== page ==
Tribunal allows appeal from Tongan family to stay in NZ on humanitarian grounds

    The New Zealand Immigration and Protection Tribunal has allowed a Tongan family of four to remain in the country.

    The family includes two children aged nine and six years, who were born in New Zealand.

    The husband,35, and the wife, 29,  have been living in New Zealand for 11 and 12 years respectively.

    In its report on the case, the Tribunal said the main issue was whether the wife’s strong family ties to New Zealand and the emotional support she provided for her mother and  teenaged sister gave rise to exceptional humanitarian circumstances that would make it unjust or unduly harsh for her to be deported from New Zealand.

    The wife came to New Zealand in December 2006, aged 17, along with her mother, younger sister and two younger brothers.  She had a two-month visitor  visa and when that expired she remained here unlawfully.

    The husband first entered New Zealand for three weeks during November 2005. When he re-entered in December 2007 he held a three-month visitor visa, subsequently renewed until September 2008.

    Thereafter, he remained here unlawfully.

    The husband and wife  married in New Zealand  in June 2008.   Their first child,  a son, was born in May 2009. The  couple’s  second  child,  another  son,  was  born  in  New  Zealand  in January 2013.

    The Tribunal said that the woman’s mother left a  marriage marred by domestic violence and the suicide of one of her children.

    The wife experienced  traumatic  events  in  her  home  environment when living in Tonga.  Her father and two older brothers were given  to extreme violence. Two brothers had severe mental health conditions which resulted at times in their incarceration and the wife also discovered the body of her brother who committed suicide.

    The wife has a bond with her mother. Her mother was traumatised by her son’s death in Tonga in April 2016 and the circumstances of his death.   The wife has a strong family nexus to New Zealand in that her mother and four of her siblings are New Zealand  residents.

    The Tribunal was told that none of the husband’s family in Tonga was able to provide accommodation or other support as they are living in overcrowded conditions and still recovering from the damage sustained during Cyclone Gita in February 2018. It would be extremely  difficult  for  the  appellants  to  re-establish  themselves in Tonga.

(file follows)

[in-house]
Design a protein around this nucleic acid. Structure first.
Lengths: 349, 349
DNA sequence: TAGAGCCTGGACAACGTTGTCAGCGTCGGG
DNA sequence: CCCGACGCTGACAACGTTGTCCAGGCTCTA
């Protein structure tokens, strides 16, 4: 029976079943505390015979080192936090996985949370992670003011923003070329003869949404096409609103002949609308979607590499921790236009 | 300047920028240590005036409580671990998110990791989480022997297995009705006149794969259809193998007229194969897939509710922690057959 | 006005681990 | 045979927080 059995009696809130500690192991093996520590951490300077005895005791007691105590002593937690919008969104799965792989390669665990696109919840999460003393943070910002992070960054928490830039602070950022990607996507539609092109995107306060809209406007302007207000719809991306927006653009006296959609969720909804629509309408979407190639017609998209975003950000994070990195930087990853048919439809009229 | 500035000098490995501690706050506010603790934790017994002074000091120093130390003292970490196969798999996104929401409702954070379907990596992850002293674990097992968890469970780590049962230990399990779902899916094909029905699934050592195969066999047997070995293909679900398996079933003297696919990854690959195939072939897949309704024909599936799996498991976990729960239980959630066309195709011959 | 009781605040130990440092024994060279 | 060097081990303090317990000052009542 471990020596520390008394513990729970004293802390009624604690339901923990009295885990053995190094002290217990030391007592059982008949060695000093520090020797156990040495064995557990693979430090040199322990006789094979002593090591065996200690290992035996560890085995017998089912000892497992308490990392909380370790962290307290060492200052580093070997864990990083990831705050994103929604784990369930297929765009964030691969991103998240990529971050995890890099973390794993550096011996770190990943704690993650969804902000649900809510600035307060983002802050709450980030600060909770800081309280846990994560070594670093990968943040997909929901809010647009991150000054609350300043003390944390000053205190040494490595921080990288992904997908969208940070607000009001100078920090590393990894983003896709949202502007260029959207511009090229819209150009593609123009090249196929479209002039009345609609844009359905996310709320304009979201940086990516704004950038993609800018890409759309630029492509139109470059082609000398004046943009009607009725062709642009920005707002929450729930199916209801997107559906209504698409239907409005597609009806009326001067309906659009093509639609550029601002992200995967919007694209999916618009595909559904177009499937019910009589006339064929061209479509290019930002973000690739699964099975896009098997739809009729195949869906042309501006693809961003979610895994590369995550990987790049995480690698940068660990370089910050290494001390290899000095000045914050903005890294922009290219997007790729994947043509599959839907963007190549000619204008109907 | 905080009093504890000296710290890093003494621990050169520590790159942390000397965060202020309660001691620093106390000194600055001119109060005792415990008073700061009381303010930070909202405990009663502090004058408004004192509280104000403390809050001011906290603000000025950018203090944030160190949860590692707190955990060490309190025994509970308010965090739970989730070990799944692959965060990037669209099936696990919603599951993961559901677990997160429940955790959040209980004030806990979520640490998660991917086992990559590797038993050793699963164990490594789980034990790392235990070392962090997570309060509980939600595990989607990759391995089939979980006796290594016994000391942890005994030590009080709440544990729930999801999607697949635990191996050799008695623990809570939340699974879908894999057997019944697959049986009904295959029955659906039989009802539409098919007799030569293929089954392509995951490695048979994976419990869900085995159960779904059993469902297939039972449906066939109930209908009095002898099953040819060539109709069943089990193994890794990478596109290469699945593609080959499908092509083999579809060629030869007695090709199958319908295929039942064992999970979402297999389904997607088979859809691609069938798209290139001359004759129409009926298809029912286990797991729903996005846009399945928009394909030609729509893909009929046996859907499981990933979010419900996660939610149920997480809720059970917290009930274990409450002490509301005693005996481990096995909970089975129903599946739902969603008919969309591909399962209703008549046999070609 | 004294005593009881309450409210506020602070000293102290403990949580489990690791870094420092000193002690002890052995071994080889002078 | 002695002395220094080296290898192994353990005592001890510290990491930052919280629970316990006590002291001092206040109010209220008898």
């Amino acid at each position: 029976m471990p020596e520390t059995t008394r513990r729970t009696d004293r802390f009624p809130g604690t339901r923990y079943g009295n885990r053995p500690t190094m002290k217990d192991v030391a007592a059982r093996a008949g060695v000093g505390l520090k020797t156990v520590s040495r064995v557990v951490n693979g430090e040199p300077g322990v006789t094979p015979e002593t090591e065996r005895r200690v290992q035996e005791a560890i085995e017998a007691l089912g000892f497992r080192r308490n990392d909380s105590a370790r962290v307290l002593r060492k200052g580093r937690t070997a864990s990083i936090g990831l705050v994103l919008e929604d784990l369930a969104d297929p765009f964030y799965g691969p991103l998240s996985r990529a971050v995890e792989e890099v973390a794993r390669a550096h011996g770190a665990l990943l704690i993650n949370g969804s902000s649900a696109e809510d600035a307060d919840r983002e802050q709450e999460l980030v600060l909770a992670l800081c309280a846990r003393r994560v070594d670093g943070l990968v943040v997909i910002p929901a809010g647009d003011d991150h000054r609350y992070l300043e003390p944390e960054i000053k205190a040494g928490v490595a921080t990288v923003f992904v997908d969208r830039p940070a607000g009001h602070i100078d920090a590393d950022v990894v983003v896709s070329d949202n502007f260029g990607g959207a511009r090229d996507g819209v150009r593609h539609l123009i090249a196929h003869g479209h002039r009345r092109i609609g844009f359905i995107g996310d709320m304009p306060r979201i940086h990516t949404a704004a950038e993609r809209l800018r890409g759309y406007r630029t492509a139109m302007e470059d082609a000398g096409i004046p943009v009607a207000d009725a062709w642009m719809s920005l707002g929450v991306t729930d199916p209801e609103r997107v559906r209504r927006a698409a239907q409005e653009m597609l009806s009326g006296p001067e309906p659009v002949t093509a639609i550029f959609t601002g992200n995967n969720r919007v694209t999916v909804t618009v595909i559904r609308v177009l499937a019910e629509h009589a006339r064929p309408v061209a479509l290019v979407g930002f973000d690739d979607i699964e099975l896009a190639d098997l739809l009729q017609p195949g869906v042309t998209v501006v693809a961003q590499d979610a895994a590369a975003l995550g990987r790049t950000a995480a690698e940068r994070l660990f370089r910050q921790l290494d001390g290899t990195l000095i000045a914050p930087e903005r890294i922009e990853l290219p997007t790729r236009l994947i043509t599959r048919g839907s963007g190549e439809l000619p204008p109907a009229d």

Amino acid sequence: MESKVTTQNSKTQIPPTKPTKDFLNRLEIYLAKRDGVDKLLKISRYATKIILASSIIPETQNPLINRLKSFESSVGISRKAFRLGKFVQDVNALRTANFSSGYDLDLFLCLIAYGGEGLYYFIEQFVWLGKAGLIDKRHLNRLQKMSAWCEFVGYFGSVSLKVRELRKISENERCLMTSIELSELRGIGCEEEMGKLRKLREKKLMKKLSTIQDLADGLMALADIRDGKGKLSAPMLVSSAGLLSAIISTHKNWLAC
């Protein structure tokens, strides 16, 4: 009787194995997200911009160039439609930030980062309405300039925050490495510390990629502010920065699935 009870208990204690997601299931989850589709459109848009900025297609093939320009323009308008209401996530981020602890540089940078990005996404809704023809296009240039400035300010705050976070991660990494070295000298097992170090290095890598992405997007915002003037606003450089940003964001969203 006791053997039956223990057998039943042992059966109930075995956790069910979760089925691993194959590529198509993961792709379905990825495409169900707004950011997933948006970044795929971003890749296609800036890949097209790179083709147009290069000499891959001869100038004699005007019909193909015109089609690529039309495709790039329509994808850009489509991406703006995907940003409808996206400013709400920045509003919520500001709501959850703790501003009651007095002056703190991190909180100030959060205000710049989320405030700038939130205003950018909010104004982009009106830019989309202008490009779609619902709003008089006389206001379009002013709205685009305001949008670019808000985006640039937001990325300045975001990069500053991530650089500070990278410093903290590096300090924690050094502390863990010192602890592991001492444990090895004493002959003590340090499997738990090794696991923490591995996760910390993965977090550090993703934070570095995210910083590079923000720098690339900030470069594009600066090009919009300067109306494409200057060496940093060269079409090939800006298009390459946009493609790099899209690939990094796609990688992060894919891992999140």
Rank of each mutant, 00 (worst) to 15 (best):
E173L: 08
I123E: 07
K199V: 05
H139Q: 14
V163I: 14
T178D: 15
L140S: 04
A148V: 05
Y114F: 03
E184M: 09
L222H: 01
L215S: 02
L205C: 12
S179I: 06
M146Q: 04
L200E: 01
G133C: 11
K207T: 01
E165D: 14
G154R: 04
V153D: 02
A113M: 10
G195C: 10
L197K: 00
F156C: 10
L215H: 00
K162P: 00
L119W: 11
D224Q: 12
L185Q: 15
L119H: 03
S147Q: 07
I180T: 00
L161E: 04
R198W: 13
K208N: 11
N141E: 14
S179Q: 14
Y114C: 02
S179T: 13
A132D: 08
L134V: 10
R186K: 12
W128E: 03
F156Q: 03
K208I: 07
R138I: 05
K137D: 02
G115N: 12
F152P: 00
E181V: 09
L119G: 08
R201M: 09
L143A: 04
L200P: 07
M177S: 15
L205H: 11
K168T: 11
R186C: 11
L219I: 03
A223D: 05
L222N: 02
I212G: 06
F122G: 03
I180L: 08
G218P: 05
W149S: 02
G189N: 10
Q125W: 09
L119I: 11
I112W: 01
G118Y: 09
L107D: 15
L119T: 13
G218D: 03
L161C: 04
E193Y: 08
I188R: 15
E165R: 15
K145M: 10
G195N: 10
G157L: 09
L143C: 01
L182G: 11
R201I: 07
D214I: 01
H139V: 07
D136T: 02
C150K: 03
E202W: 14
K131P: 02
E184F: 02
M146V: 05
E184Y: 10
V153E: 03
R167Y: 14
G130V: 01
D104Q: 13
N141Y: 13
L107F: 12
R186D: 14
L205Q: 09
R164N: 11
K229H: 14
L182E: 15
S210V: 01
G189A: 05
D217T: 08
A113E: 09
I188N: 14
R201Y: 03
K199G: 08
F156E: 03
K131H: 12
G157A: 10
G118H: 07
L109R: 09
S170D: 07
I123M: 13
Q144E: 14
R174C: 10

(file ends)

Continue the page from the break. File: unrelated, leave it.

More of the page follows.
The wife had type 2 diabetes and end-stage kidney disease and needs renal replacement therapy.  This service is not available in Tonga  so that  her  survival  was  uncertain,  and    most  certainly  measured in months.

    “The relationship between the wife and her mother is exceptionally close and reflects the unfortunate history of an abusive family environment and the protective role the wife has had to adopt towards her mother, as well as the shared traumatic experiences of more recent years,” the Tribunal aid.

    “If the wife was deported, this would be a major blow to her mother and other family members in New Zealand.

    “The eldest daughter, in addition to dealing with her own marriage breakup  and  looking  after  five  children,  would  presumably  have  to  take over responsibility for  her mother  and  younger  sister,  both  with fragile mental health.

    “Deportation   will   permanently   separate   her   from   her   family in New Zealand to the distress and detriment of the wife and her family members.”

    The Tribunal said the wife had established exceptional humanitarian circumstances.  Because the mother could not  be expected to live in New Zealand without her husband or children, they too were found to have exceptional circumstances of a humanitarian nature.  

    The main points

    • The New Zealand Immigration and Protection Tribunal has allowed a Tongan family of four to remain in the country.
    • The family includes two children aged nine and six years, who were born in New Zealand.

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